Introduction: Researchers at the Naval Surface Warfare Center, Carderock Division and Carpenter Technology Corporation have collaborated to develop a high-strength steel solid wire welding electrode based on the Fe-10wt.% Ni metallurgical system (dubbed ‘10Ni steel’). As development of the 10Ni steel welding consumable progressed, a more granular understanding of its on-heating and on-cooling transformation behavior was needed to explain microstructural and mechanical property observations and to provide data for increasing the accuracy of computational models. This presentation reports the results of Gleeble-based dilatometry testing of 10Ni steel gas metal arc (GMA) weld metal and use of the resulting data to explain effects of chemistry and heat affected zone (HAZ) peak temperature and cooling rate on the alloy’s transformation behavior. In addition, effects of heating rate on recrystallization and the development of residual stresses during weld fabrication will also be discussed.
Experimental Procedure: Material for this study was produced by fabricating a 300 x 100 x 50 mm (12 x 4 x 2 in.) weld buildup using the GMA welding process and 1.2 mm (0.045 in.) diameter bare solid wire 10Ni steel welding electrode. Deposit chemistry was measured in multiple locations to identify the extent of dilution from the non-matching HY-130 base plate, and 6 mm (0.25 in.) round, 70 mm (2.75 in.) long dilatometry specimens were extracted from undiluted regions of the weld deposit.
A Gleeble 3500 and a linear variable different transformer (LVDT) extensometer were used to apply welding-relevant thermal cycles to the specimens and measure radial dilation as a function of temperature. First, austenite start and finish temperatures were measured for heating rates of 5 to 500 °C/s (9 to 900 °F/s). The lever law approach was used to calculate the temperature-dependent transformation rates. Next, specimens were heated at a rate of 5 °C/s (9 °F/s) and held at a peak temperature of 1200 °C (2192 °F) for 4 min. before cooling at rates between 1.3 and 66 °C/s (2.3 and 119 °F/s). On-cooling phase transformations were identified and compared to data reported by previous researchers for a base material of similar composition but higher carbon content. Finally, specimens were subjected to thermal cycles including heating at 200 °C/s (360 °F/s) to peak temperatures of 800 or 1350 °C (1472 or 2462 °F) followed immediately by cooling at 5 to 75 °C/s (9 to 135 °F/s). The resulting dilation data were used to develop continuous cooling transformation (CCT) diagrams relevant to multipass weld deposit HAZ thermal histories. Coefficients of thermal expansion were also calculated from the dilation data.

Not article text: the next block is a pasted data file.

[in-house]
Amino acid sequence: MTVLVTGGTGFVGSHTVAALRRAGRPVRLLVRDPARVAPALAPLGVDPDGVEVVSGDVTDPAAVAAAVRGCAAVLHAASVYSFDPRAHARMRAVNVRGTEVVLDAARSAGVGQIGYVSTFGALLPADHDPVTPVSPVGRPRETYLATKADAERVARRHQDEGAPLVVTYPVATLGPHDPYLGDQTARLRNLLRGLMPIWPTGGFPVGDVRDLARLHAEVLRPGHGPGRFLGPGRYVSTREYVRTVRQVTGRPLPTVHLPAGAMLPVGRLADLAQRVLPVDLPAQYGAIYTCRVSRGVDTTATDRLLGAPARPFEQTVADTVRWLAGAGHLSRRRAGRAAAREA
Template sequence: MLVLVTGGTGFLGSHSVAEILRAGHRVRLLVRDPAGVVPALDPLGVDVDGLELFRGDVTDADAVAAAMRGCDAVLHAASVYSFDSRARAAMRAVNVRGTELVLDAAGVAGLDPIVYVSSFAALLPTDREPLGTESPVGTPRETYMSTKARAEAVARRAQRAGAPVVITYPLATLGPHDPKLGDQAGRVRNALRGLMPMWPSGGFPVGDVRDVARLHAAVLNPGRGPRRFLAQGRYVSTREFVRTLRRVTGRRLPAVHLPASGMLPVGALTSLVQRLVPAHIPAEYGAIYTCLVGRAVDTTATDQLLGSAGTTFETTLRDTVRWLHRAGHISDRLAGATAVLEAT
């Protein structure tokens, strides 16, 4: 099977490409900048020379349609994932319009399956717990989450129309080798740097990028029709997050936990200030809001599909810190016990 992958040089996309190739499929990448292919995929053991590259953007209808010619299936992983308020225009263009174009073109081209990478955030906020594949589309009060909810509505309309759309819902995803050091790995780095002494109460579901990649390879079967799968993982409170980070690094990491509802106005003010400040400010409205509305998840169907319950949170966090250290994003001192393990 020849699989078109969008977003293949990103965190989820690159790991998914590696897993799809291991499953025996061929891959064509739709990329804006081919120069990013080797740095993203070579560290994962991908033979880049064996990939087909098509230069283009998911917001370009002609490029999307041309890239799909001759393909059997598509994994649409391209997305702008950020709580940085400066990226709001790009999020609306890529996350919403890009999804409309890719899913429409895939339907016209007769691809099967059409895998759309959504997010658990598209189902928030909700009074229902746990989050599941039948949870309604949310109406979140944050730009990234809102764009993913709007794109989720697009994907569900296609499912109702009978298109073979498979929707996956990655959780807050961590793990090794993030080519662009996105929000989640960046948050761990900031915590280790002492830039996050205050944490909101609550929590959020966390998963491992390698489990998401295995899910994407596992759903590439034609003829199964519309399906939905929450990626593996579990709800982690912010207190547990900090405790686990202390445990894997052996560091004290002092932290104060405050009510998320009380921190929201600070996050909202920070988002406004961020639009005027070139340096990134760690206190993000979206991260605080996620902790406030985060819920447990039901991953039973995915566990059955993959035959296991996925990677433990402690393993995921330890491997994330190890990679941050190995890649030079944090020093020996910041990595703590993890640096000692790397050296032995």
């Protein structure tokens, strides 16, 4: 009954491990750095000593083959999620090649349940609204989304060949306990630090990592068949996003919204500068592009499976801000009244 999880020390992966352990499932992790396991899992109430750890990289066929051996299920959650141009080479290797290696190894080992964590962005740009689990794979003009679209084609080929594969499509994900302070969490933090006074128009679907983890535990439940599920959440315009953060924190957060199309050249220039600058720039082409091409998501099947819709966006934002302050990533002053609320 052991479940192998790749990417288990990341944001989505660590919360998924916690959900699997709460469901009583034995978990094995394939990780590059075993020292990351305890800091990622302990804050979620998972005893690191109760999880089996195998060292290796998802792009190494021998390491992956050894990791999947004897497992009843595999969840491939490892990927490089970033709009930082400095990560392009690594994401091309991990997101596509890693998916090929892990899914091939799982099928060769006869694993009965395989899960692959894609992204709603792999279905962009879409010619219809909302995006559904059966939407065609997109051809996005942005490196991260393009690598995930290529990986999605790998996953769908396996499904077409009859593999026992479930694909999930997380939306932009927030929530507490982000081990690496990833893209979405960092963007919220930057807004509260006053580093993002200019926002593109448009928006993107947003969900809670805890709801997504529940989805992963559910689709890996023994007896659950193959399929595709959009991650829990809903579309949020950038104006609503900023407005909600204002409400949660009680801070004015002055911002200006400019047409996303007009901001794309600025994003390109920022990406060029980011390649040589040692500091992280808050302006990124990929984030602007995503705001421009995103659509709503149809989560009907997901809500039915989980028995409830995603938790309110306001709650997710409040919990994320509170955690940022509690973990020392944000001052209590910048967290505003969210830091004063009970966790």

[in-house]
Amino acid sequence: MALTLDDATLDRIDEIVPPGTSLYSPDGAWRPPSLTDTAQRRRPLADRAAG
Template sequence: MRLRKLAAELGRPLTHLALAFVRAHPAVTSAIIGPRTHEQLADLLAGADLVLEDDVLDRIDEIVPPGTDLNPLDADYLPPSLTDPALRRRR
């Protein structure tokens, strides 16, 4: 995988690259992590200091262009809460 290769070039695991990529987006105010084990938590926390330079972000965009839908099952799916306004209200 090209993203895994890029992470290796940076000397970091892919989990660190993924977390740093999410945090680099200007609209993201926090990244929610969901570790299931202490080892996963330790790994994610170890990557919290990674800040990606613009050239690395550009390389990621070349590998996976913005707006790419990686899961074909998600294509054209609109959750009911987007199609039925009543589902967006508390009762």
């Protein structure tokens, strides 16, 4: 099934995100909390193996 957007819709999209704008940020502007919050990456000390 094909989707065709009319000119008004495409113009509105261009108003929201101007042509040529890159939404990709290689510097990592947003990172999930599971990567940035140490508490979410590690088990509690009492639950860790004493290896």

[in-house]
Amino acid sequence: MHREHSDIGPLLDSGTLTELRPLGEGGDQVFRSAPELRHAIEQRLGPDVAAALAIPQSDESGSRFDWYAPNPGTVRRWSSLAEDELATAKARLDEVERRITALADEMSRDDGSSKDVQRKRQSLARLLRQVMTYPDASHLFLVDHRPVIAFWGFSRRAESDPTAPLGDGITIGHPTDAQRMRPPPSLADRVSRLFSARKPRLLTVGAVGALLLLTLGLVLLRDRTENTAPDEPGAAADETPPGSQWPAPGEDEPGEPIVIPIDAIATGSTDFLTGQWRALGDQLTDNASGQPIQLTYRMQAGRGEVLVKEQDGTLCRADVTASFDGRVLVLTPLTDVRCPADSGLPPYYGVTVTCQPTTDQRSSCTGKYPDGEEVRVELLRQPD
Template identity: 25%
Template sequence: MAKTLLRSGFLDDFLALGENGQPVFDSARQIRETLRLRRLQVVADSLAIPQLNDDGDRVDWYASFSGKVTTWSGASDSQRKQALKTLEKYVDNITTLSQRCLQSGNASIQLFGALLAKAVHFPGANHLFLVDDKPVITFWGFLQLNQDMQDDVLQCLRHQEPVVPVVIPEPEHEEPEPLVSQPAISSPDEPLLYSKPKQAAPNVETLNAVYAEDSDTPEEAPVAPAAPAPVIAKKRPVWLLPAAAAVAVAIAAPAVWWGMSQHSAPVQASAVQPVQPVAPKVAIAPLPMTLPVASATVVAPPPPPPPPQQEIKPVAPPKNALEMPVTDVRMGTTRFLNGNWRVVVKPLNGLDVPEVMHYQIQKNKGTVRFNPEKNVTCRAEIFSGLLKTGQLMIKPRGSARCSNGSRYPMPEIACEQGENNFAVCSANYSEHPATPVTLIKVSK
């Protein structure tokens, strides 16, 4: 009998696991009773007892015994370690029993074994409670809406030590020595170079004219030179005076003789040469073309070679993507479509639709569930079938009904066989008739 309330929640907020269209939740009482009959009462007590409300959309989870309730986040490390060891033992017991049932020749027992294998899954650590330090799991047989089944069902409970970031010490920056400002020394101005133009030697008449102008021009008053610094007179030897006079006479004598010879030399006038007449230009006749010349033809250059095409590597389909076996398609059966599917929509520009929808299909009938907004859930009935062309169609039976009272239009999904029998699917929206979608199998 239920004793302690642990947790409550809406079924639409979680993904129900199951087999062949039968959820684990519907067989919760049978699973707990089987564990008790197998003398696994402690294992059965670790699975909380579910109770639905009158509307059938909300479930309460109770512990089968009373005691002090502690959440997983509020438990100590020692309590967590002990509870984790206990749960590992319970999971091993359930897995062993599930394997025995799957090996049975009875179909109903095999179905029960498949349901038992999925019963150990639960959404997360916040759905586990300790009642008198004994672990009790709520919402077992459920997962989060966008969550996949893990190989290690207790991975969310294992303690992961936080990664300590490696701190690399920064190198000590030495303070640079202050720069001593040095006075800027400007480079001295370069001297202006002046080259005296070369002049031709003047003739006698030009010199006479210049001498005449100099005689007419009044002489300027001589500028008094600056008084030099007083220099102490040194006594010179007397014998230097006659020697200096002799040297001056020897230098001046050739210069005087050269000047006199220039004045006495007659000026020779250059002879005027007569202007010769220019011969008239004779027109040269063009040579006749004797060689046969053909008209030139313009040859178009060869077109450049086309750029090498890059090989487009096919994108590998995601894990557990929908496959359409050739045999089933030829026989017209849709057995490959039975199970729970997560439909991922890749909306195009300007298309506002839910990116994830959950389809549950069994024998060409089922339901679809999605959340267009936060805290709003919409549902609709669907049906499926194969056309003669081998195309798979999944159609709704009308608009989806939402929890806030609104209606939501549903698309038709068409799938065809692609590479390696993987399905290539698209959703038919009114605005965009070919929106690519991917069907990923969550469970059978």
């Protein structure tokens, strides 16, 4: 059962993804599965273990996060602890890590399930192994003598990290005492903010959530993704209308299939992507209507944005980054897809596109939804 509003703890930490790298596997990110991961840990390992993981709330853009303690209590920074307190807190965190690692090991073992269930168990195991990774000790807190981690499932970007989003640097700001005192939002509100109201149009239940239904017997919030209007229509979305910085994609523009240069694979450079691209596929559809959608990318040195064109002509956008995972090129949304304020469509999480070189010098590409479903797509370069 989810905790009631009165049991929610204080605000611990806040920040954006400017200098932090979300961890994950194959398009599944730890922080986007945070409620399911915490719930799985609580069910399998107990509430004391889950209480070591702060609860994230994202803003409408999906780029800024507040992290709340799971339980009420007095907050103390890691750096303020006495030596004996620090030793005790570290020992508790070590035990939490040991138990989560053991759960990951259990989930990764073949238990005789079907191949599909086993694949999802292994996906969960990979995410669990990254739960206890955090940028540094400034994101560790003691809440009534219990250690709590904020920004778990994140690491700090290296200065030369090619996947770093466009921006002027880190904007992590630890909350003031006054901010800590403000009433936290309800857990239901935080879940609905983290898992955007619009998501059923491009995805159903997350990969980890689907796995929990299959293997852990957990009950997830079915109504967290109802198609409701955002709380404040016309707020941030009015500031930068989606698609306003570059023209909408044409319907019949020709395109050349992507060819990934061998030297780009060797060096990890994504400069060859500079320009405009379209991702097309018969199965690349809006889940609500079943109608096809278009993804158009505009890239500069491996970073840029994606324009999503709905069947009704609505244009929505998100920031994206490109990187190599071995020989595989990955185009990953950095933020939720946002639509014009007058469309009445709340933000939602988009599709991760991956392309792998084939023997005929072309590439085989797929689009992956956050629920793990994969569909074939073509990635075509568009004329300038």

Optical microscopy, scanning electron microscopy, and microhardness testing were used to characterize the transformation products.
Results and Discussion: On-heating transformation temperatures between 650 and 800 °C (1202 and 1472 °F) were measured and shown to be stable with variations in heating rate. The difference between the minimum and maximum values were 13 °C (23 °F) and 14 °C (25 °F) for Ac1 and Ac3, respectively. In comparison to similar data for ferritic/pearlitic structural steels, the 10Ni steel weld metal Ac1 values were less rate-dependent. The austenite transformation temperatures measured in this work were not in good agreement with the data reported by Barrick et. al. for 10Ni steel base material. Differences were attributed to the higher base metal carbon and retained austenite contents relative to the weld metal studied in this work.
During cooling after soaking at 1200 °C (2192 °F), the measured 10Ni GMA weld metal martensite start and finish temperatures averaged 400 °C (752 °F) and 281 °C (538 °F), respectively. These values were significantly higher than reported by Fonda and Spanos for a 9 wt% Ni base material that had a higher nominal carbon content but was otherwise similar in composition to the material in this work (average values of 345 and 180 °C [653 and 356 °F], respectively). They were also higher than previously reported by Sinfield et. al. (340 and 210 °C [644 and 410 °F], respectively) for 10Ni steel gas tungsten arc (GTA) weld metal.
Construction of welding-relevant CCT diagrams demonstrated that the on-cooling transformations in this material were of the martensitic type across all investigated peak temperatures and cooling rates. Measured martensite hardness increased marginally with increasing cooling rate and decreasing peak temperature. The measured coefficient of thermal expansion for 10Ni steel weld metal martensite was lower than reported in previous work on martensitic HY-80 plate. The austenite thermal expansion rates were similar for the two materials.
Conclusion: This work has explored the effects of heating rate, cooling rate, and peak temperature on the solid state phase transformations of 10Ni steel gas metal arc weld metal. By comparison to prior work, it has demonstrated the magnitude of alloy chemistry and welding process influences. Because weld metal transformation behavior and thermophysical properties drive the development of strength, residual stress, and distortion in welded structures, the data generated in this work represent an important contribution to the development of this alloy system.